Himal-us: An Eternal Beauty

To see the world is a delight. To try new things is an adventure, and to explore new places is always a surprise.

I have long adopted the above maxim; and I am convinced that for every  big step in our lives–every adventure we embark on–a great deal of inspiration is required. Traveling is not an exception. Maybe, that is why I treat my travels, every random and planned trips, as a state of transcendental meditation, an emotional rush, an unraveling of hidden surprises. It is about connecting with the wonders and beauty of mother nature–leaving behind for a while the hustle-and-bustle life in the city.

A few weekends ago, my vagabond feet took me to an enchanting destination–unmarred by commerce–and bearing a folklore rife with love and sacrifice. Oral tradition narrates that this island, known to ancient tribes as Himal-us, owed its name to two star-crossed lovers–Princess Guima and the slave, Aras.

Rejecting the betrothal by her father to another nobleman, Princess Guima eloped with Aras on board a small craft. Fortune, it seemed, was against the lovers, as the calm waters became a violent, unforgiving sea–equal in intensity to the king’s rage–devouring the flimsy boat they were in… and right before his very eyes, Princess Guima and Aras slowly disappeared to the bottom of the dark ocean, lost forever but finally together for all eternity.

Bereaved and full of remorse, the repentant king lost grasp of reality and ran to the island’s highest peak, shouting the lovers’ names until his death: Guimaaaaaa! Araaaaaaas!

There is, indeed, something alluring about the tiny island subprovince of Guimaras. Everywhere you look, you are met with rich gems–emerald hills and mountains, lapis lazuli and blue sapphire seas, agate and citrine beaches–all under a sky that transforms from spessartite garnet to fiery ruby red in the summer.

Guimaras is also a haven for religiosity. I have yet to meet someone who hasn’t been taken in by the beauty of the green, rocky hill called Balaan Bukid (Holy Mountain), where the annual Pagtaltal sa Balaan Bukid is being observed every Good Friday. The festival is Guimaras’ version of the Senakulo, the highlight of which is the Pieta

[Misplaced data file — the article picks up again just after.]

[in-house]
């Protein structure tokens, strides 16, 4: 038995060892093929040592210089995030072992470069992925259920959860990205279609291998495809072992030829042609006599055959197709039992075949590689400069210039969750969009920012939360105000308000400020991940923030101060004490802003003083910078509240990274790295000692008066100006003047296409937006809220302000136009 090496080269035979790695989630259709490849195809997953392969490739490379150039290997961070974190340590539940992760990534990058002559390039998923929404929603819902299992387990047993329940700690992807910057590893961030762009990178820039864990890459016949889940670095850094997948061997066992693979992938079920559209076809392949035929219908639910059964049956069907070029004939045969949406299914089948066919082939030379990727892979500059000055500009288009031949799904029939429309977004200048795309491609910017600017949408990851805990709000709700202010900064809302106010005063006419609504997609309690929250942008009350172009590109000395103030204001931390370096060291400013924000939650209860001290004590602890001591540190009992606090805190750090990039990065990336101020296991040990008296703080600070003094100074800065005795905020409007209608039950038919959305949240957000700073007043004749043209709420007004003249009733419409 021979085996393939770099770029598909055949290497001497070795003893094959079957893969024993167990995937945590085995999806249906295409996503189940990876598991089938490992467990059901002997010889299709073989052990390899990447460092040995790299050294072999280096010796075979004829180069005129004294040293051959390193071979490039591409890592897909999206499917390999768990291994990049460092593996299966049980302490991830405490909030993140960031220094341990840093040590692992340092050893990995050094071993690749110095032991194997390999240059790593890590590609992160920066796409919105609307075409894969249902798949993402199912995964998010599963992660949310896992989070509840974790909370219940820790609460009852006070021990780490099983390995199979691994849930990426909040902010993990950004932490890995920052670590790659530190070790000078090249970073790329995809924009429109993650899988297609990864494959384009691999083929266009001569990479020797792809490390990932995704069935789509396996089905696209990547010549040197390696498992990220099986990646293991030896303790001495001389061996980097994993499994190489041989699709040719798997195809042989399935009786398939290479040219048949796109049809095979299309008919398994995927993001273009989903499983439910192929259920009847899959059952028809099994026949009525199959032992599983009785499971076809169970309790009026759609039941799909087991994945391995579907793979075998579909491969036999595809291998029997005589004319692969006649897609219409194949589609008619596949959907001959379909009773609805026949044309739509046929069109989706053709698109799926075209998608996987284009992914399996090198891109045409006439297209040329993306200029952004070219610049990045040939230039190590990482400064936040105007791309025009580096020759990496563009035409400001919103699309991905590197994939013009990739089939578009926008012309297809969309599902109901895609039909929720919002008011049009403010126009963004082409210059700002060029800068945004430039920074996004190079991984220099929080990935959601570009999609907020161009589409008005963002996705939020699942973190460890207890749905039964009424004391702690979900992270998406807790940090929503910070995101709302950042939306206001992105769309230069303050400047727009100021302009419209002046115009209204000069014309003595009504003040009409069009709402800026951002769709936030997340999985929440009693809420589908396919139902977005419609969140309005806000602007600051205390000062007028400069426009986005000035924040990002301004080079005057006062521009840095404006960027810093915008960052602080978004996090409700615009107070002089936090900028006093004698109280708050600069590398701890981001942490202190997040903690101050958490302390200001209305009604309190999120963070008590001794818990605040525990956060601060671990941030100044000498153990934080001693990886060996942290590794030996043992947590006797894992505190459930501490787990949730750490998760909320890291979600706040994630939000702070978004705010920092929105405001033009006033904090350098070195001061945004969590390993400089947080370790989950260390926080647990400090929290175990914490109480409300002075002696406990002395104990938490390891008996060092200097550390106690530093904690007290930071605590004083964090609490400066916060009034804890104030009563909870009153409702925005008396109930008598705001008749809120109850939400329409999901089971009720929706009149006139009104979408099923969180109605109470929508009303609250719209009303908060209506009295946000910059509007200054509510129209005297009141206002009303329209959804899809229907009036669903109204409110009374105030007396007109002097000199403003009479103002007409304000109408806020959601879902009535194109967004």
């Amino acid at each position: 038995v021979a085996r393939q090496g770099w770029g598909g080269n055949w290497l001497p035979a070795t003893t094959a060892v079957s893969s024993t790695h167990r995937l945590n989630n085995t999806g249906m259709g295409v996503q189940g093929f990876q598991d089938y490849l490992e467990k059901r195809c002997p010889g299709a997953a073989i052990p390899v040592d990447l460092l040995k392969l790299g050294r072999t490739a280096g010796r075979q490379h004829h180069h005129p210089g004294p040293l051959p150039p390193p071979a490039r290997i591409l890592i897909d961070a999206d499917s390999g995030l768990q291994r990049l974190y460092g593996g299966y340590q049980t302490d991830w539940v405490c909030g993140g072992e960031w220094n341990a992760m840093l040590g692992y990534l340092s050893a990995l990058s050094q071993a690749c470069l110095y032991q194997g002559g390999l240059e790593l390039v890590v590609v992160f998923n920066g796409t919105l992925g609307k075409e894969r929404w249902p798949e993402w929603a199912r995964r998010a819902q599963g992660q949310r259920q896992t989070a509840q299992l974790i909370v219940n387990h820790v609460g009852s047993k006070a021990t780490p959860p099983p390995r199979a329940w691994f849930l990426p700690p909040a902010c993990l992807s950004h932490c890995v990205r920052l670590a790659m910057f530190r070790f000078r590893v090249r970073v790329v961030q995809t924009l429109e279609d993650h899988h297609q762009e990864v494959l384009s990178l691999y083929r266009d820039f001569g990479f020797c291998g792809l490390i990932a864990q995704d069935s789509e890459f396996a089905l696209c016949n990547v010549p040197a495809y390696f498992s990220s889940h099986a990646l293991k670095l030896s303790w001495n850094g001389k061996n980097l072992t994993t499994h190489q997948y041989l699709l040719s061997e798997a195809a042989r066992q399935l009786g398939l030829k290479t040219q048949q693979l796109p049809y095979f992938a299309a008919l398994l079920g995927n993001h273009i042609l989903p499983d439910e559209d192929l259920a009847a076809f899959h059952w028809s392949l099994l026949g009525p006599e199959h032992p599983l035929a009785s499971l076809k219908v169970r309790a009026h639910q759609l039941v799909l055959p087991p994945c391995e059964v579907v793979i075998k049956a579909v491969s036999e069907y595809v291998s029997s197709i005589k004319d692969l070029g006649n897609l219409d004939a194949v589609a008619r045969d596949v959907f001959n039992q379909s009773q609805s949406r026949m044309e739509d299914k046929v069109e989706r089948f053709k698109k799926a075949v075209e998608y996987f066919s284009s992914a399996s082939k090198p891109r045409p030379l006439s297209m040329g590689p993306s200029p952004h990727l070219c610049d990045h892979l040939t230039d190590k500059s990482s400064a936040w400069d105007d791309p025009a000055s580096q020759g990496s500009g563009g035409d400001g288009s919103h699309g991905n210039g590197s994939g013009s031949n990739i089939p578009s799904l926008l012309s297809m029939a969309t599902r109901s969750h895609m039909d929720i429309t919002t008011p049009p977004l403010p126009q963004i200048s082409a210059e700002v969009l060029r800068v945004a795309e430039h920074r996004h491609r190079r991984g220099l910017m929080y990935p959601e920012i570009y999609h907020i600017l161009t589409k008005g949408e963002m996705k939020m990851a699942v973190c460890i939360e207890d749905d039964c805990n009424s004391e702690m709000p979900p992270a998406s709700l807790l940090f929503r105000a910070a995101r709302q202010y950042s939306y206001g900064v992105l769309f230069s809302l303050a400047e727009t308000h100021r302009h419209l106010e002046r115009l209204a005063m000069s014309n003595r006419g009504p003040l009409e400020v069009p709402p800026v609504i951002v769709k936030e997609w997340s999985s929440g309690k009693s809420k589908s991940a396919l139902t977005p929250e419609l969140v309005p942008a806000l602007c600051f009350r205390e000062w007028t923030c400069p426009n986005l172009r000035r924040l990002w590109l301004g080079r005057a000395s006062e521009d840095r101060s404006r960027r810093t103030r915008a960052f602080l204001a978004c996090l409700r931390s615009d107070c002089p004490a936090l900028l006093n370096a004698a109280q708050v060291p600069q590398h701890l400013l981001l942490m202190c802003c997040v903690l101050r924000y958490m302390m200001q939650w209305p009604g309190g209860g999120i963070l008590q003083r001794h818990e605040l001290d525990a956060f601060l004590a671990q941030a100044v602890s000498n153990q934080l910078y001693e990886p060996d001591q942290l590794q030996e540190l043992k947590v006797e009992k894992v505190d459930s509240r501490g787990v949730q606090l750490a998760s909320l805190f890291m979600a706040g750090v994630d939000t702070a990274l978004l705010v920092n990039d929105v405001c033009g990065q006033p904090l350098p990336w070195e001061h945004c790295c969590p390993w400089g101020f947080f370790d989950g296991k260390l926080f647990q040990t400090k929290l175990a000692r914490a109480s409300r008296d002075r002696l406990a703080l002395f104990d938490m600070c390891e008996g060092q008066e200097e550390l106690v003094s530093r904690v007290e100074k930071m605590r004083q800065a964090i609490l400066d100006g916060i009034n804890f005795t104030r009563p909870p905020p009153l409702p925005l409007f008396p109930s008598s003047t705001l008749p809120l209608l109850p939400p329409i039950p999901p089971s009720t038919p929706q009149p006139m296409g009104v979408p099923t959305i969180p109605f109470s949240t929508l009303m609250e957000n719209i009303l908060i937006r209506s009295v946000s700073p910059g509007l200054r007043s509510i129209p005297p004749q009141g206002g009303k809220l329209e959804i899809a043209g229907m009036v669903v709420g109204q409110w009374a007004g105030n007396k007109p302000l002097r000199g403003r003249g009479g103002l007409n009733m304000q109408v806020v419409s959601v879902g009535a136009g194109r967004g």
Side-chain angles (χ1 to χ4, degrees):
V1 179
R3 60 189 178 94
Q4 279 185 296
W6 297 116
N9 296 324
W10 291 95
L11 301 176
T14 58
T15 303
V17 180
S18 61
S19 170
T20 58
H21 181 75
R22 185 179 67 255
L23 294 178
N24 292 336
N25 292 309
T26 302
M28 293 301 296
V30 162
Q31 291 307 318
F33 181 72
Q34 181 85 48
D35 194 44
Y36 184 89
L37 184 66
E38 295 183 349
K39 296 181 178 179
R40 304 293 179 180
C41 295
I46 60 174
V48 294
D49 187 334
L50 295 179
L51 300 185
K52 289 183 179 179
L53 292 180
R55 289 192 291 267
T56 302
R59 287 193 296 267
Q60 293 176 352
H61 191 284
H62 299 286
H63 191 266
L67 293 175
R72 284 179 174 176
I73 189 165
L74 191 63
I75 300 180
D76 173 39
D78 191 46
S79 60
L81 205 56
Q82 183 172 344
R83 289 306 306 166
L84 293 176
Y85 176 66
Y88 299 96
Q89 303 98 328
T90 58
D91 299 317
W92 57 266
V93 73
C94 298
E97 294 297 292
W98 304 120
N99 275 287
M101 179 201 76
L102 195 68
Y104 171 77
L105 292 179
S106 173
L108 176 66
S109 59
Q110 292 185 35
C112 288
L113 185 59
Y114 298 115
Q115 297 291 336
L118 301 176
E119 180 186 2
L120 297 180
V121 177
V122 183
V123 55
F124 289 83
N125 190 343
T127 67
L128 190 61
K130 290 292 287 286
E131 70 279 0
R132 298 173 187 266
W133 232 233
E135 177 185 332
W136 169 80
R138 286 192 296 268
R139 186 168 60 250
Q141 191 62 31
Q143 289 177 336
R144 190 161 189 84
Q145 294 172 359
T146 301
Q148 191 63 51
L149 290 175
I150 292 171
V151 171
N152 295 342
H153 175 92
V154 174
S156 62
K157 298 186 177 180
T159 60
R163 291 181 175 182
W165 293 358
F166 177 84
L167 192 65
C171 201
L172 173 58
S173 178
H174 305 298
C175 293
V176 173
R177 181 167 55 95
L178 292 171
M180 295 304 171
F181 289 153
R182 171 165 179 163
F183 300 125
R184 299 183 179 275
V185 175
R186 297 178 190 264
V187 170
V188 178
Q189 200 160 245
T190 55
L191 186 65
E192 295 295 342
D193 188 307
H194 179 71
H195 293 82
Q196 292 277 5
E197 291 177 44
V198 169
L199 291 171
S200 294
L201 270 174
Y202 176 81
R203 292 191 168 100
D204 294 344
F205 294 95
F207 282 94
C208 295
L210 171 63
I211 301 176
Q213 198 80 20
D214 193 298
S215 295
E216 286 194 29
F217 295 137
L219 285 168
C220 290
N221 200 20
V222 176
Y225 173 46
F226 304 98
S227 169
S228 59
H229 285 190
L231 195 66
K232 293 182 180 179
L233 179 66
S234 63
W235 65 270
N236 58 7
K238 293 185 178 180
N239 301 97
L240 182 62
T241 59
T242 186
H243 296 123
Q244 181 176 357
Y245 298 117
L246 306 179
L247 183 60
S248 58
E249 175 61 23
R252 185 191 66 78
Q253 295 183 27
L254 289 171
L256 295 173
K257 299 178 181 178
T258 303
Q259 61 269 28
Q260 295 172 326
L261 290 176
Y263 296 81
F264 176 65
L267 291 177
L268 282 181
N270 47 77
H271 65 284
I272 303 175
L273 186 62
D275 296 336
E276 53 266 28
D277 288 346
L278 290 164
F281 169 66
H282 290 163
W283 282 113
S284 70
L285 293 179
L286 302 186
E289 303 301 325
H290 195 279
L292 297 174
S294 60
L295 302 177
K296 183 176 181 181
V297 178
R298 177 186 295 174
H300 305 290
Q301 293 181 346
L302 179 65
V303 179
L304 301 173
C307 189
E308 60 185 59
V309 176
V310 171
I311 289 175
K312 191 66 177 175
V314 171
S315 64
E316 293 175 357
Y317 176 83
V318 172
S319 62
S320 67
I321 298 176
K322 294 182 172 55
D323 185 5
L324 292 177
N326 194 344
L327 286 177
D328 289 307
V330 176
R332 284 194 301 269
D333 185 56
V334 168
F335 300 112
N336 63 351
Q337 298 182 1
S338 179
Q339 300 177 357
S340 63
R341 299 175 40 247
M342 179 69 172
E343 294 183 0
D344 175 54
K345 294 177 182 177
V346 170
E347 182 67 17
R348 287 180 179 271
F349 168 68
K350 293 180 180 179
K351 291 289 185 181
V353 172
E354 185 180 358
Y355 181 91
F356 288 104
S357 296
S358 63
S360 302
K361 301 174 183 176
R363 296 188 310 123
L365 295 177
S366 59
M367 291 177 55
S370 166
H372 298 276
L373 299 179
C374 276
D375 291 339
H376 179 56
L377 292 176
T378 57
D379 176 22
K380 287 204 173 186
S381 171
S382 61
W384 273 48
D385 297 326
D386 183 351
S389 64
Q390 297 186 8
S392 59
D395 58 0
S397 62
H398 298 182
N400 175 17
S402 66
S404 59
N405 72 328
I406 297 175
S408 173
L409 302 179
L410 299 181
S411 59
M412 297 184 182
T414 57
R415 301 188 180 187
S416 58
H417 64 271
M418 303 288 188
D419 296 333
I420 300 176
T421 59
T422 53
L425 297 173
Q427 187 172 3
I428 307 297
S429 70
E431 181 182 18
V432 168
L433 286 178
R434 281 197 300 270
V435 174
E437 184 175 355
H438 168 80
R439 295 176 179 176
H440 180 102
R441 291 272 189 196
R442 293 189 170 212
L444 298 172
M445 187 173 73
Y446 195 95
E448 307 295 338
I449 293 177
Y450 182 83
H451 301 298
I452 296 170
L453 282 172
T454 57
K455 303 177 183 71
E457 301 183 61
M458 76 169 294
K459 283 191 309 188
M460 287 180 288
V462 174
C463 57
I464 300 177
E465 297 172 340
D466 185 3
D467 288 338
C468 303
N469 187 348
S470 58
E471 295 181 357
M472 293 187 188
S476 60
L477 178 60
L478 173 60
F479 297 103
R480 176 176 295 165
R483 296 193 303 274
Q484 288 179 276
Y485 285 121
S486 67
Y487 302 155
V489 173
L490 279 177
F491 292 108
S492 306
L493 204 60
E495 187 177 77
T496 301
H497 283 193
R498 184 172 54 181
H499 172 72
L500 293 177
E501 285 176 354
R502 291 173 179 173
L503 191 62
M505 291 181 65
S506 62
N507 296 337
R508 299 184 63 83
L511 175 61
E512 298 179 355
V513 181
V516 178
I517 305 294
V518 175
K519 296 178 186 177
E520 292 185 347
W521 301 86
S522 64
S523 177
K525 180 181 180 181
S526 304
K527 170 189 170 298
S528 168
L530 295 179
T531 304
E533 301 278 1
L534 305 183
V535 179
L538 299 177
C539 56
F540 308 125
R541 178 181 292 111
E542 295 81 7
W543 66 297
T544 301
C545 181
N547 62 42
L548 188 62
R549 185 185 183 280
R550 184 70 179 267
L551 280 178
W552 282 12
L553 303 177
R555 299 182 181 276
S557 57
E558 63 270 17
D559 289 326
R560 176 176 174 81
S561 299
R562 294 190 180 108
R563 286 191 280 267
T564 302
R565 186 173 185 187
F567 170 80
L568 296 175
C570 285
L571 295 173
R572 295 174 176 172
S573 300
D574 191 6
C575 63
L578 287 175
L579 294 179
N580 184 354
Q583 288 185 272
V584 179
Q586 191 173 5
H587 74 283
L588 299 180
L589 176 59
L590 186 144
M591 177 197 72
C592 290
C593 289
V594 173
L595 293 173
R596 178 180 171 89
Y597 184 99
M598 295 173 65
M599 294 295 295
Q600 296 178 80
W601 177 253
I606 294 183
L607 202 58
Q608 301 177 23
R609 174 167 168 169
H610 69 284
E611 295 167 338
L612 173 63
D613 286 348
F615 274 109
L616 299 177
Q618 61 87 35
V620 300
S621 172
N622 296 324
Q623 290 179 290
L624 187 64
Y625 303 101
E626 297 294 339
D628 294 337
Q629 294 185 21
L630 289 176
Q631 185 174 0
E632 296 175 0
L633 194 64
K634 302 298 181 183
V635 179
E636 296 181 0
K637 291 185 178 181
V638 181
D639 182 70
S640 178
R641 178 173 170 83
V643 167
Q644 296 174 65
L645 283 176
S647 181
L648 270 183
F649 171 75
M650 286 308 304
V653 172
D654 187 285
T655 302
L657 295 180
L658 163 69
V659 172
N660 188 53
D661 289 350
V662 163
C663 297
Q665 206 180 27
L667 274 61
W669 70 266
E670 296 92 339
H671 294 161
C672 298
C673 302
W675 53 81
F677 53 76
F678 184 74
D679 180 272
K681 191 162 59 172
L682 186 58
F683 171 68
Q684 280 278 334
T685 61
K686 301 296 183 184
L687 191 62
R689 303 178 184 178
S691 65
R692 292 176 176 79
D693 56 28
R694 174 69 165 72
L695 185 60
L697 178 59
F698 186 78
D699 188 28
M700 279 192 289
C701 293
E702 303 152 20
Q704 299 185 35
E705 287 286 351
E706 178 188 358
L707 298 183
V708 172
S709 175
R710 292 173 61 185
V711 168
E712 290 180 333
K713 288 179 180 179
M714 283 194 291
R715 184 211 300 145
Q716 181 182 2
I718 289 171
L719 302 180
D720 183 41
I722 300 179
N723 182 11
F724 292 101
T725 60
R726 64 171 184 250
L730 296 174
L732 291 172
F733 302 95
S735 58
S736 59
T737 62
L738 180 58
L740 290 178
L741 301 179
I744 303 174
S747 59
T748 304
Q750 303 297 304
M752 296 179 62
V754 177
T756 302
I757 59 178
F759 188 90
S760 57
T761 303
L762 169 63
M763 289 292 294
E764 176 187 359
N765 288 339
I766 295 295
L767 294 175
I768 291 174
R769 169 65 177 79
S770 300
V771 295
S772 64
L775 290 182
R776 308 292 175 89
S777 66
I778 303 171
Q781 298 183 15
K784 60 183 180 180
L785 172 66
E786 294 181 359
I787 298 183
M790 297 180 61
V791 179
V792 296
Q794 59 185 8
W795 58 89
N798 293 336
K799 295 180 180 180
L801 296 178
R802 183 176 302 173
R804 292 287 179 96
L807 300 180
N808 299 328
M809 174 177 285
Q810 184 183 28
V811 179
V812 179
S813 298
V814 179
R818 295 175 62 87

Sadly, unbeknownst to many tourists and visitors, Guimaras was badly affected by an oil spill from the the tanker, Solar 1, which sank off the northern coast of the island in August 2006. Although no or little evidence of the spill is visible to the casual observer, and the beaches are seemingly back to their pristine best, it will take decades for the island’s mangrove ecosystems (and fish stocks) to fully recover. It it, thus, a testament to nature’s resilience that this marine turtle survive and thrive in Pawikan Beach.


You can contact (SMS or call) Lindon Monreal–at mobile telephone number 0948-9272661–in advance to arrange a tour that best fits your schedule. His local knowledge of the different sights on the island province is invaluable to independent travelers and backpackers.

About Seeing with Brahmin eyes
My sense of humor can be keen, sarcastic, silly or corny -- sometimes all at once. I enjoy meeting new people with no preconceived ideas about what or what is not possible. You get much more out of life by being open minded and willing. I'm an easy going, good-natured person who loves life and loves people. I'm both optimistic and realistic and pretty objective when it comes to assessing situations, events, etc. In general I am a very positive person and you'll usually find we with a smile on my face.

2 Responses to Himal-us: An Eternal Beauty

  1. Lindon Monreal says:

    sir tnx xa pag post ng # q maraming salamat po..malaking tulong po skin godbless po xa inyo…

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